A cleruchy (Greek: κληρουχία, klēroukhia) in Classical Greece, was a specialized type of colony established by Athens. The term comes from the Greek word κληροῦχος, klērouchos, literally "lot-holder".
Normally, Greek colonies were politically independent; they would have a special relationship with the mother city (the metropolis) but would otherwise be independent entities. Cleruchies were significantly different. The settlers or cleruchs would retain their Athenian citizenship, and the community remained a political dependency of Athens – a position reinforced by installing institutions of local government based on Athenian models, such as the council on Samos.
According to Plutarch, cleruchies were assigned to poor Athenian citizens, who would then live overseas while retaining their Athenian citizenship. However, epigraphical evidence suggests that Athenian cleruchs were more commonly wealthy, and continued to live in Athens while slaves worked on their overseas estates. Cleruchies thereby became a significant source of private wealth in Athens – the 3,000 kleroi on Lesbos provided 100 talents a year, according to Thucydides.
The first known cleruchy is thought to have been Salamis, captured by Athens from Megara in the 6th century BC. Other cleruchies were established on the Thracian Chersonese following its recapture from the Persian Empire after the Greco-Persian Wars of the 5th century BC, and at Chalcis following that city's defeat in a war with Athens. During the period of the Delian League and the Second Athenian League (5th–4th century BC), many more cleruchies were created by Athens such as on Samos. Athens' system of cleruchies reached its height in the late fifth century, at which point it stretched as far east as Amisos on the Black Sea. This network of cleruchies was lost at the end of the Peloponnesian war, and never reached this extent again, although some cleruchies were re-established in the fourth century, for example at Lemnos and Samos.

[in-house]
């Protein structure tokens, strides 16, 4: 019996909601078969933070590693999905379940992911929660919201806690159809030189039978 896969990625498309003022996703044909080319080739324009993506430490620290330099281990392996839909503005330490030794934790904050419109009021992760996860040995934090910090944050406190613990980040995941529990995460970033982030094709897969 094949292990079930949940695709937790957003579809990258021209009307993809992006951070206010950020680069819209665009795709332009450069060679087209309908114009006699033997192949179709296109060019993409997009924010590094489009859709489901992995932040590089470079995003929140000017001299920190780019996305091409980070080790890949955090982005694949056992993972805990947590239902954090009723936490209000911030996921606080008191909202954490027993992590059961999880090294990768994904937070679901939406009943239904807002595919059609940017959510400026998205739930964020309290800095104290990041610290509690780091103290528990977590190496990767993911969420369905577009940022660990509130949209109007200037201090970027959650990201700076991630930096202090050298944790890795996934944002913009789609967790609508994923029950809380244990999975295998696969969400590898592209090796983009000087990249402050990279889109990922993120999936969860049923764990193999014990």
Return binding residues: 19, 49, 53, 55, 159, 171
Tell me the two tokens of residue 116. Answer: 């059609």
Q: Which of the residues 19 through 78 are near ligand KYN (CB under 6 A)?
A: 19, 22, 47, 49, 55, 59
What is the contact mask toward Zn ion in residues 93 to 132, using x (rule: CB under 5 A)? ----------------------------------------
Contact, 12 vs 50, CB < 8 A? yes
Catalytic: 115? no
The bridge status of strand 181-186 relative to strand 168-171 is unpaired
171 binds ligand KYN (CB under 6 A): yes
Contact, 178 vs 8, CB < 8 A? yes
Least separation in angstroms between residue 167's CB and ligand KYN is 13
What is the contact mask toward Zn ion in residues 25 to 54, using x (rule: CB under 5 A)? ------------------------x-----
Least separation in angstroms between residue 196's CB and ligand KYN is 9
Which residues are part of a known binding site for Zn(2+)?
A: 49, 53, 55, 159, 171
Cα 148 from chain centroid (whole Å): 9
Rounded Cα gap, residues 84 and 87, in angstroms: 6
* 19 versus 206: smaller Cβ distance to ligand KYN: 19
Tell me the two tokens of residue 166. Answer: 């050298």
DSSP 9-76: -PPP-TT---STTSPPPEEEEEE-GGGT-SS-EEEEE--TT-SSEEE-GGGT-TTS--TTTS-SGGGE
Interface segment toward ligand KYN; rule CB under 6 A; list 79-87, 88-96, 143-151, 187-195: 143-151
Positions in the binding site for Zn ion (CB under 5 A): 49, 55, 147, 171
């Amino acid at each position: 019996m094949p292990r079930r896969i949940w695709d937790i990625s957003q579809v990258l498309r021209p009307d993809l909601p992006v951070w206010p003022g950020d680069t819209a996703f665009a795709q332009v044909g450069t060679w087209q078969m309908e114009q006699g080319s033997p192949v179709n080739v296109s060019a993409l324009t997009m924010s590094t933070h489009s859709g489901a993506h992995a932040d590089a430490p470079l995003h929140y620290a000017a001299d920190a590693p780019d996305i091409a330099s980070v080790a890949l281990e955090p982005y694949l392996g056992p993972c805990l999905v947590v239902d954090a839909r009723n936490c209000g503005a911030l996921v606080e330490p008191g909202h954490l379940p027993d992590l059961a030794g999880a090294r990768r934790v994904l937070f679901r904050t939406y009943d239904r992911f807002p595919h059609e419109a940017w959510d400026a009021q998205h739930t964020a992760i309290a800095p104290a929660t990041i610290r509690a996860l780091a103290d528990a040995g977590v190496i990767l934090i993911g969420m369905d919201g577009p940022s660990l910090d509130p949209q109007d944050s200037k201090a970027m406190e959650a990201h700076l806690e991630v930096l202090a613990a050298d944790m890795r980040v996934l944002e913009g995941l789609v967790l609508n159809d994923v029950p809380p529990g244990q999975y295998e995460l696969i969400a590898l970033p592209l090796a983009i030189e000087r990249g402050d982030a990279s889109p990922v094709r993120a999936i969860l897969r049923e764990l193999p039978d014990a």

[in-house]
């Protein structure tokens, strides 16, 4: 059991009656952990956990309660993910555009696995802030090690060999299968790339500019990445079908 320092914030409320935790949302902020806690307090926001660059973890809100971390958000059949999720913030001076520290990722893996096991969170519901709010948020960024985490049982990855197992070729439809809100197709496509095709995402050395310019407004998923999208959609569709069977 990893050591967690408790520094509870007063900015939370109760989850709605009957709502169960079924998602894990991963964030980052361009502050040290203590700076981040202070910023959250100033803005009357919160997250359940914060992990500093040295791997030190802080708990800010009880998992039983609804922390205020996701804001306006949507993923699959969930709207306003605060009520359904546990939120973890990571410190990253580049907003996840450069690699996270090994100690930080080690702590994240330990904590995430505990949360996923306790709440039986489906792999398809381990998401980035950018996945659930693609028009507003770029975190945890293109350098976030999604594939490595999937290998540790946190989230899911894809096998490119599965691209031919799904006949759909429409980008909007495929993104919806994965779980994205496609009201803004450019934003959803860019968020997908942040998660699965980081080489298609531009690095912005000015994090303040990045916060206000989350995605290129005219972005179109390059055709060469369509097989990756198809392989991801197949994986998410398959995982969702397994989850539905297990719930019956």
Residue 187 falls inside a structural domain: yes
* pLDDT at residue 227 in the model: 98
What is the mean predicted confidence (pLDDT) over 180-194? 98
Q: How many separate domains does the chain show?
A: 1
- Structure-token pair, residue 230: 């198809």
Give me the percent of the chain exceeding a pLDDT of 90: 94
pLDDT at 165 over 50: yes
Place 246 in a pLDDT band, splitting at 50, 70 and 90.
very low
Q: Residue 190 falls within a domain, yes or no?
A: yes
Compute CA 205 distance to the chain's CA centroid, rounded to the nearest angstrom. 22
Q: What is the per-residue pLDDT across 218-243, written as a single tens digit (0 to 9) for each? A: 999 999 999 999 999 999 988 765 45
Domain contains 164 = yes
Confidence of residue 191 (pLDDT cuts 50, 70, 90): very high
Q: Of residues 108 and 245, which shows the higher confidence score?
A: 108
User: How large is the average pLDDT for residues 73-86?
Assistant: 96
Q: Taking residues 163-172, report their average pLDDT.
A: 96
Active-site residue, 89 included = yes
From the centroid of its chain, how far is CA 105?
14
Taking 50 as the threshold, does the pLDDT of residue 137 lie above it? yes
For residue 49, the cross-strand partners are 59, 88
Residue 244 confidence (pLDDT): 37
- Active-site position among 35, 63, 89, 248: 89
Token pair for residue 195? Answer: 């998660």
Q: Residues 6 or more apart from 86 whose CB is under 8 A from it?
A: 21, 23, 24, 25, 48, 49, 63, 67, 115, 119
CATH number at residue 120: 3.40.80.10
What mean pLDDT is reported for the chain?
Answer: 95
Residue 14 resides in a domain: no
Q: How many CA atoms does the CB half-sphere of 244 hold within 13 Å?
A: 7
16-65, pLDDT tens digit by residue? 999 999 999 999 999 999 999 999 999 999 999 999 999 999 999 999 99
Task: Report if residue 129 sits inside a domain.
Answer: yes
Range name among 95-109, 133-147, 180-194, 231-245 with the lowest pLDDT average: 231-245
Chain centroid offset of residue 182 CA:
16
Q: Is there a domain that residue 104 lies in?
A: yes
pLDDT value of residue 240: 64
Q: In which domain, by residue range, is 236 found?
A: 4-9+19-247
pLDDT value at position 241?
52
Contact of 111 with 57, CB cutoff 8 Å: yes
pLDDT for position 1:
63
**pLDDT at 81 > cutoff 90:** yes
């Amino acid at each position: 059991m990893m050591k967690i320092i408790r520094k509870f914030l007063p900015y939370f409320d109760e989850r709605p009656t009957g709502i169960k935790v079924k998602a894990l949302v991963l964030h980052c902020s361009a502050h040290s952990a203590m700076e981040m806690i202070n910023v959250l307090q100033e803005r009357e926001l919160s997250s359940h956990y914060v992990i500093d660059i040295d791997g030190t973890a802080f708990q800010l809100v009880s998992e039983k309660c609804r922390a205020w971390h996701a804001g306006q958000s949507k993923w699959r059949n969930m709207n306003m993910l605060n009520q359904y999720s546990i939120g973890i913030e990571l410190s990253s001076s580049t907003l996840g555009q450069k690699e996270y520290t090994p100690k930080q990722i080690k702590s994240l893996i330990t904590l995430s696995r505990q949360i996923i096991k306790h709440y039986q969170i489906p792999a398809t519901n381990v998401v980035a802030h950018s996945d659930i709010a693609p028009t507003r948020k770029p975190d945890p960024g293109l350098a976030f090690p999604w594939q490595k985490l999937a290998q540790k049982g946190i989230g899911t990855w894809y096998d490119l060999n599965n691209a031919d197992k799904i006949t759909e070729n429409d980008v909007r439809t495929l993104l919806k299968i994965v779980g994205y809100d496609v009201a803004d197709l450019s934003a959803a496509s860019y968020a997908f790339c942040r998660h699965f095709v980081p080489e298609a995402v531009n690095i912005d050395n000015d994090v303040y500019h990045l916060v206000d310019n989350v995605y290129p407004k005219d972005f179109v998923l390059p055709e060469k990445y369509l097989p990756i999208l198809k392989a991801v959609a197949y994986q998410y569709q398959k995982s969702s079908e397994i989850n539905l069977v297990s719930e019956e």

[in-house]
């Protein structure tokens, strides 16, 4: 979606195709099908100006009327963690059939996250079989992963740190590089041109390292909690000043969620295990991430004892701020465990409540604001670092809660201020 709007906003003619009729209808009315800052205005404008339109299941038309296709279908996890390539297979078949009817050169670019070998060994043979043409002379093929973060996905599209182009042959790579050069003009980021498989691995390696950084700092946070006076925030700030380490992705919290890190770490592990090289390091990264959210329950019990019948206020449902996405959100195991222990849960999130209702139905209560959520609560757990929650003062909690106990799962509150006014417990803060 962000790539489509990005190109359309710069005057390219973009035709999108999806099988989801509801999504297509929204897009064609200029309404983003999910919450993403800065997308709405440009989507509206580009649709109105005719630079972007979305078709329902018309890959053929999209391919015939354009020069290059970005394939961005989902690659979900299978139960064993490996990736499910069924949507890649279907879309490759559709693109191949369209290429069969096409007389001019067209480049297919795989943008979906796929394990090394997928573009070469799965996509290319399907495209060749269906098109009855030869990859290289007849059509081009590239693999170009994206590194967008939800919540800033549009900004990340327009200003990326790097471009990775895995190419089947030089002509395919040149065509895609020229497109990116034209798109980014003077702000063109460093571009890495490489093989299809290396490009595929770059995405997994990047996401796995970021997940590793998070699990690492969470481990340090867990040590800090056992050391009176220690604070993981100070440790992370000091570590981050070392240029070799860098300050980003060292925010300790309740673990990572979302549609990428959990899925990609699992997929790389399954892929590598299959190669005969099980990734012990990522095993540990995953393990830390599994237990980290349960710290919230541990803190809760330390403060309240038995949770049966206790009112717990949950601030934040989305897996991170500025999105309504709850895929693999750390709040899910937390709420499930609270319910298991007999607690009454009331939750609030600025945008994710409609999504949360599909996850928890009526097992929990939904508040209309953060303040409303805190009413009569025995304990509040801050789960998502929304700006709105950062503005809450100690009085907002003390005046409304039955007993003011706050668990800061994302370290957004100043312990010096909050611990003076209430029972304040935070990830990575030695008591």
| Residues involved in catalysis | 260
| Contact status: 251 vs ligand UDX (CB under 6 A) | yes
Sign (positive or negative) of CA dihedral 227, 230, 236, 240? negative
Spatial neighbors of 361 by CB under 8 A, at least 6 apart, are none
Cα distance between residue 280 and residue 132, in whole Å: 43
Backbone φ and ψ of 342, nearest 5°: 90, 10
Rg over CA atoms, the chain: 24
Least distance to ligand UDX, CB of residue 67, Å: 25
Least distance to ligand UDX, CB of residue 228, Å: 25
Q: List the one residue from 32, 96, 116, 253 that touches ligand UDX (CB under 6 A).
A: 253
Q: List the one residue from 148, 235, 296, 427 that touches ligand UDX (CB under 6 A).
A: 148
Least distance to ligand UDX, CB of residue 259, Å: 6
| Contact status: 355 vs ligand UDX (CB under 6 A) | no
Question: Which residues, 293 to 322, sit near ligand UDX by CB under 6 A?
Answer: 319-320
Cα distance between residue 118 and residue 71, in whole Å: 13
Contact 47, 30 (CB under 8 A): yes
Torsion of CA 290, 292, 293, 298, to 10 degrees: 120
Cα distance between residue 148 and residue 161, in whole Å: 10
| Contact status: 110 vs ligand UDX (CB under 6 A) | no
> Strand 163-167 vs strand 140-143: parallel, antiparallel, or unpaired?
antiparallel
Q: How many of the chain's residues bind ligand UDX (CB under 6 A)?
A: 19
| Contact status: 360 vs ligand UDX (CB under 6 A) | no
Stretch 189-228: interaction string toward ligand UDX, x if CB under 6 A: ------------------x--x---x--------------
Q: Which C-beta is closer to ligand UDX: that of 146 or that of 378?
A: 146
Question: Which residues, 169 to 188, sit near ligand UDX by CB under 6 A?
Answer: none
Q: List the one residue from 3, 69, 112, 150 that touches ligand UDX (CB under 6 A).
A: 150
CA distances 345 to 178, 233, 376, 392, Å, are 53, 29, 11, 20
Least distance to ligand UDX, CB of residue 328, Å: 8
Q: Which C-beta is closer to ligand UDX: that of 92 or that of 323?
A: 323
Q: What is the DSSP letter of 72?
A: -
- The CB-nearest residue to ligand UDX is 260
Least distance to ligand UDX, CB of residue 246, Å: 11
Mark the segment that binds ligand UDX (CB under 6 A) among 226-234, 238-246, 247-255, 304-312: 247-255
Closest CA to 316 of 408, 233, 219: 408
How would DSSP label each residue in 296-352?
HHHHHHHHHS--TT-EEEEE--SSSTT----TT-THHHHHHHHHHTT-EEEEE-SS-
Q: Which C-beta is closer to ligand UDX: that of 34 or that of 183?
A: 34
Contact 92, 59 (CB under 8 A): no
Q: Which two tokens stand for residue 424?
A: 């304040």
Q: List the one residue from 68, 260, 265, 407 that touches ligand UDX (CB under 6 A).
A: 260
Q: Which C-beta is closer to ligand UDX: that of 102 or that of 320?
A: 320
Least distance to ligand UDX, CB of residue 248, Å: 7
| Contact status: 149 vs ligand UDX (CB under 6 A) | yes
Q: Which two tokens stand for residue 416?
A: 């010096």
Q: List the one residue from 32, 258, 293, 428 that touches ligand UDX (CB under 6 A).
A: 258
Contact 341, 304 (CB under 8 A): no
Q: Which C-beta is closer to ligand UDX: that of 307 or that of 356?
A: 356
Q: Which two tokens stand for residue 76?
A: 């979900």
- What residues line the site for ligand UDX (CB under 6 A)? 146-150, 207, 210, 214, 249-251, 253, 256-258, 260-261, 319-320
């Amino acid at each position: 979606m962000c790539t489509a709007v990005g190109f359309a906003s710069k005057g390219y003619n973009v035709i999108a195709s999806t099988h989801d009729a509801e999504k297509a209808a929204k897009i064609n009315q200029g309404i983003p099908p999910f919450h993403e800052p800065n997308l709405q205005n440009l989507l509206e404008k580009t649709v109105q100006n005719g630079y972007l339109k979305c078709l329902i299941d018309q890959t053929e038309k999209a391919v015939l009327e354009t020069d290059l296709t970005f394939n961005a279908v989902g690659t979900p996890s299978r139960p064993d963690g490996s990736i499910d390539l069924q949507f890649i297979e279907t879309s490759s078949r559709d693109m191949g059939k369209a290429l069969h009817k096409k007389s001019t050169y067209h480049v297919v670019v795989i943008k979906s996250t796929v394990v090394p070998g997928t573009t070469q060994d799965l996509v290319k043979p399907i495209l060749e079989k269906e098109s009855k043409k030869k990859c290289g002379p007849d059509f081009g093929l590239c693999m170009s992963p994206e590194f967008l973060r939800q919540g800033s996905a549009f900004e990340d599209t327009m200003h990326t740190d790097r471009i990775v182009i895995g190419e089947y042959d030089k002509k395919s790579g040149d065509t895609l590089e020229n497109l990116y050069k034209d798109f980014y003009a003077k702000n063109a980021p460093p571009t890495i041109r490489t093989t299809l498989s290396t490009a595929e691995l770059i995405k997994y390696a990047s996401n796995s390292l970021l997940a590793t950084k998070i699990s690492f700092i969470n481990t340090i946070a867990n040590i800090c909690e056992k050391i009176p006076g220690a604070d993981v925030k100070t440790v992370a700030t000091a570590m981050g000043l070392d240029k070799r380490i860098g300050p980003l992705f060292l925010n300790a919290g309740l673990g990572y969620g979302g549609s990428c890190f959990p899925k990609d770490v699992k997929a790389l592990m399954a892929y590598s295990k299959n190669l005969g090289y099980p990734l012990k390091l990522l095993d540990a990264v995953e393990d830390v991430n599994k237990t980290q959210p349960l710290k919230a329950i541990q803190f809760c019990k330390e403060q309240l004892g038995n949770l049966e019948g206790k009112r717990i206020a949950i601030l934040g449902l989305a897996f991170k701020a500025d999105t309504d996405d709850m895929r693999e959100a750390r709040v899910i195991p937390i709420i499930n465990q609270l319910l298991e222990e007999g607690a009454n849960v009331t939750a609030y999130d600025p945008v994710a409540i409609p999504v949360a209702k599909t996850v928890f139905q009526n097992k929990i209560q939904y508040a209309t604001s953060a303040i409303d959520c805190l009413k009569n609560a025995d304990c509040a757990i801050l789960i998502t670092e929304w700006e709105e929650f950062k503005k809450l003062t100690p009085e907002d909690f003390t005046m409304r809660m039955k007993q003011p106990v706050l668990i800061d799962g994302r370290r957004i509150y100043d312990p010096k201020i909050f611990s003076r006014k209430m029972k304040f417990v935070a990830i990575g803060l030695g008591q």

- Moreno, Alfonso (2013), "Cleruchy", in Bagnall, Roger S.; Broderson, Kai; Champion, Craige B.; Erskine, Andrew; Huebner, Sabine R. (eds.), Encyclopedia of Ancient History, Blackwell
- Chisholm, Hugh, ed. (1911). Encyclopædia Britannica. 6 (11th ed.). Cambridge University Press. pp. 499–500. Endnotes:
- Gilbert, G. (1895). Constitutional Antiquities of Athens and Sparta (Eng. trans. ed.). London. — but Brea is wrongly given as an example, as it was not a cleruchy but a colony (Hicks and Hill, 41 ).
- Greenidge, A.H.J. (1896). Handbook of Greek Constitutional Antiquities. London.